6. Other Heritable Cancer Predisposition Syndromes

In addition to germline RB1 and TP53 mutations (discussed above in “Mitotic Checkpoints”), several other rare inherited syndromes are associated with osteosarcoma development and can differentially affect older or younger age groups.
Rothmund–Thomson syndrome (RTS) is a rare autosomal recessive genetic disorder associated with pathogenic variants of the RECQL4 gene on chromosome 8q24.4, which codes for a DNA helicase in the RecQ family [99,100]. Another RECQL4-related syndrome is RAPADILINO syndrome, which is characterized by several major clinical findings and predominantly occurs in Finland. A study in Finland found that 13.3% of RAPADILINO syndrome patients developed osteosarcoma [101]. Each of these RECQL4 diseases are associated with younger ages of onset for osteosarcoma [101,102,103,104].
Bloom and Werner syndromes also involve the RecQ DNA helicase family. Bloom syndrome is a germline BLM (RECQL3) inactivation located at chromosome 15q26.1, and is most common in people of Eastern European Jewish ancestry [105]. Werner syndrome is a germline WRN (RECQL2) inactivation located at chromosome 8p12, found most commonly in Japan, and usually diagnosed in the fourth decade of life [106]. Both are autosome recessive syndromes that predispose patients to osteosarcoma. Like the previously mentioned predisposition syndromes, Bloom syndrome is associated with a younger age of onset of cancers, including osteosarcoma [107]. Werner syndrome has the opposite correlation, being associated with an older age of onset of osteosarcoma [108].
Two other extremely rare syndromes that are associated with an increased incidence of osteosarcoma are ATR-X syndrome, which is also characterized by developmental delay and alpha-thalassemia, and Diamond-Blackfan anemia, an autosomal dominant congenital red cell aplasia that presents in infancy and early childhood [109,110,111]. Both are associated with younger ages of osteosarcoma development [109,110].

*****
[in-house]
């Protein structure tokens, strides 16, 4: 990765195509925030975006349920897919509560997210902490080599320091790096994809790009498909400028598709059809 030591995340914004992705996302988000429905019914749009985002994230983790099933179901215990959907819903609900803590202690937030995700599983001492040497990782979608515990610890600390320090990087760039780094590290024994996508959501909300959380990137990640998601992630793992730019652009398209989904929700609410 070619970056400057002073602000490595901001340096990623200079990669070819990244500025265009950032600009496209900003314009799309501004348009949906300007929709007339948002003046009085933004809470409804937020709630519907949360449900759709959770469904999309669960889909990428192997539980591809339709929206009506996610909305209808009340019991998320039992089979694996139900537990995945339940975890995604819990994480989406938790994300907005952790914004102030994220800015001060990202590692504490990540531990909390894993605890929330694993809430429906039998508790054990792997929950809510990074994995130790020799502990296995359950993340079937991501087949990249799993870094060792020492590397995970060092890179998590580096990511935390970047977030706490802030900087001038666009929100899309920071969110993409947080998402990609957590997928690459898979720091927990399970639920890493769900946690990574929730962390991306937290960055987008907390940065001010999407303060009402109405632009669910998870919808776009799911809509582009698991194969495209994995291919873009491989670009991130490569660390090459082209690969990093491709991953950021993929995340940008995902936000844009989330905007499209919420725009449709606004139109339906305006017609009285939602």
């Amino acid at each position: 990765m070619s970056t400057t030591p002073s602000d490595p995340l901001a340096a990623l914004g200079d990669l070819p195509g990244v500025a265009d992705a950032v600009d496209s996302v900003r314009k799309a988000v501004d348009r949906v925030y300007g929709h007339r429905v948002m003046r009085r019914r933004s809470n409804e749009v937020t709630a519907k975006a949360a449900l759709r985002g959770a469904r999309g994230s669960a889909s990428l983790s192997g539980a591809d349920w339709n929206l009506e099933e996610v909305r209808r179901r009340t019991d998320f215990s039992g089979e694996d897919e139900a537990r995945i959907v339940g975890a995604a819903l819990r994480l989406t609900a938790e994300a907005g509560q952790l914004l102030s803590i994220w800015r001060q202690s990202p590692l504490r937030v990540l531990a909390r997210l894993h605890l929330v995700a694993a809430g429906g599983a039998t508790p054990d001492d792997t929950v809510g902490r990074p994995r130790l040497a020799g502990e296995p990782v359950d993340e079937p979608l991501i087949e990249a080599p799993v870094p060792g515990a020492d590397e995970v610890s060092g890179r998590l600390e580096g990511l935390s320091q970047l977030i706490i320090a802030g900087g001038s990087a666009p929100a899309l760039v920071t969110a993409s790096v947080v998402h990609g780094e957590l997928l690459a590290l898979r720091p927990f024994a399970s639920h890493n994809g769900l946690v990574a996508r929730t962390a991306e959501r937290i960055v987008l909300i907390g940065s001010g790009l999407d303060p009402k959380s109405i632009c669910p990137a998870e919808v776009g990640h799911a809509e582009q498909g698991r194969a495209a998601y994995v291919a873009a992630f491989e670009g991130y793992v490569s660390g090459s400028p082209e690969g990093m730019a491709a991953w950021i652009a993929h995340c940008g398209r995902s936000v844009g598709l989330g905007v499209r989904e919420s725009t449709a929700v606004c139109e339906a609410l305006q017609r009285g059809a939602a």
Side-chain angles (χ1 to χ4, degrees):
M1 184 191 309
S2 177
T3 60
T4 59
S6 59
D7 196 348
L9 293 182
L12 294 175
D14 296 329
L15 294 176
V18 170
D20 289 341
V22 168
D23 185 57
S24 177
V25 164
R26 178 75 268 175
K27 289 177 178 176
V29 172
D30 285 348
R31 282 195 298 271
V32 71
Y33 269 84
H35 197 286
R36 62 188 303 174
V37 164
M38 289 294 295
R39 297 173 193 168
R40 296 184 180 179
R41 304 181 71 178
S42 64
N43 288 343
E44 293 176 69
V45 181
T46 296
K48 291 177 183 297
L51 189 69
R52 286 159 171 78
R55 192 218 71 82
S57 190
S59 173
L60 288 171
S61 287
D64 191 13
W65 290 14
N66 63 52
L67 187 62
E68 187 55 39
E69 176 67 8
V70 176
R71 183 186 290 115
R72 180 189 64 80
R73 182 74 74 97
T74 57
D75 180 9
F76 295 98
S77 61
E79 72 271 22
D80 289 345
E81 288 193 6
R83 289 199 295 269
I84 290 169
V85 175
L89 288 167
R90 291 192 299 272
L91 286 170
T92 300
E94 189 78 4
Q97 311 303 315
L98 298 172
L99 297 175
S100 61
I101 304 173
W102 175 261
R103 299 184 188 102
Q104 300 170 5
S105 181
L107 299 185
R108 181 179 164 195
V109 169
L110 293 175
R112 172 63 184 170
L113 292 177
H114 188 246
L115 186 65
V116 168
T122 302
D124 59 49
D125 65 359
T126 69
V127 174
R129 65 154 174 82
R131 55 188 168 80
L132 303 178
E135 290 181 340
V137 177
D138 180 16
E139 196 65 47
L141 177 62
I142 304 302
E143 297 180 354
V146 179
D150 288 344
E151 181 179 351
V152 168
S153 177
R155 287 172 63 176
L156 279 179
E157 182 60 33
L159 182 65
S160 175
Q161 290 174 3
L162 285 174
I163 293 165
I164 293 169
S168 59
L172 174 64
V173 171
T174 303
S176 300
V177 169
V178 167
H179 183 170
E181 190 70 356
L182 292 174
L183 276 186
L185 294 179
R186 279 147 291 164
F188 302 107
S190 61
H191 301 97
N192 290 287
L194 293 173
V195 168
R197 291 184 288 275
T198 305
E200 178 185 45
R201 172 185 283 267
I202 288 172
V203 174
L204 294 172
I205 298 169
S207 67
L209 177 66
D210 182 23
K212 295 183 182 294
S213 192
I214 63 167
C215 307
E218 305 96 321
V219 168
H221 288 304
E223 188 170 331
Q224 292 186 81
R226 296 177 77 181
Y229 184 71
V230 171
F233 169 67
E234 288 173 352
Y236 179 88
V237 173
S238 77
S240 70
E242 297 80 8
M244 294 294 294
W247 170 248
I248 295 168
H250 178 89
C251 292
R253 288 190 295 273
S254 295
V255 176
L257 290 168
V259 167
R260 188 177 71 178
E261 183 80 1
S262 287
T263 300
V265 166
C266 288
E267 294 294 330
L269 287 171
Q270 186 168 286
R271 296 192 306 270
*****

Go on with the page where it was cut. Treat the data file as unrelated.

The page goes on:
7. Treatment Implications

With the uncertainty of age as a prognostic factor, we continue to treat adults with multi-agent chemotherapy regimens, usually excluding methotrexate for most patients older than 40 for tolerability concerns. The data reviewed here highlight the importance of consensus guidelines with multi-institutional and even multi-national collaboration. The osteosarcoma community has demonstrated that international collaboration for clinical trials is feasible with several large-scale clinical trials, and this success in clinical collaboration must be extended to translational science.
Despite widespread and enthusiastic interest, targeted therapy has yet to have a significant impact on the survival of osteosarcoma patients, whereas, at least in the pediatric population, intensive combination cytotoxic chemotherapy has been game-changing. While future research into new targets is important and essential, with the relatively new ability to conduct and coordinate larger scale clinical trials in rare tumors on an international scale, there might also be an opportunity to conduct clinical trials evaluating the use of newer, less toxic chemotherapy agents, such as aldoxorubicin or L-annamycin, specifically in adult osteosarcoma populations to test the concept that it is primarily a lack of toleration of intensive chemotherapy, which has limited survival for adult osteosarcoma patients.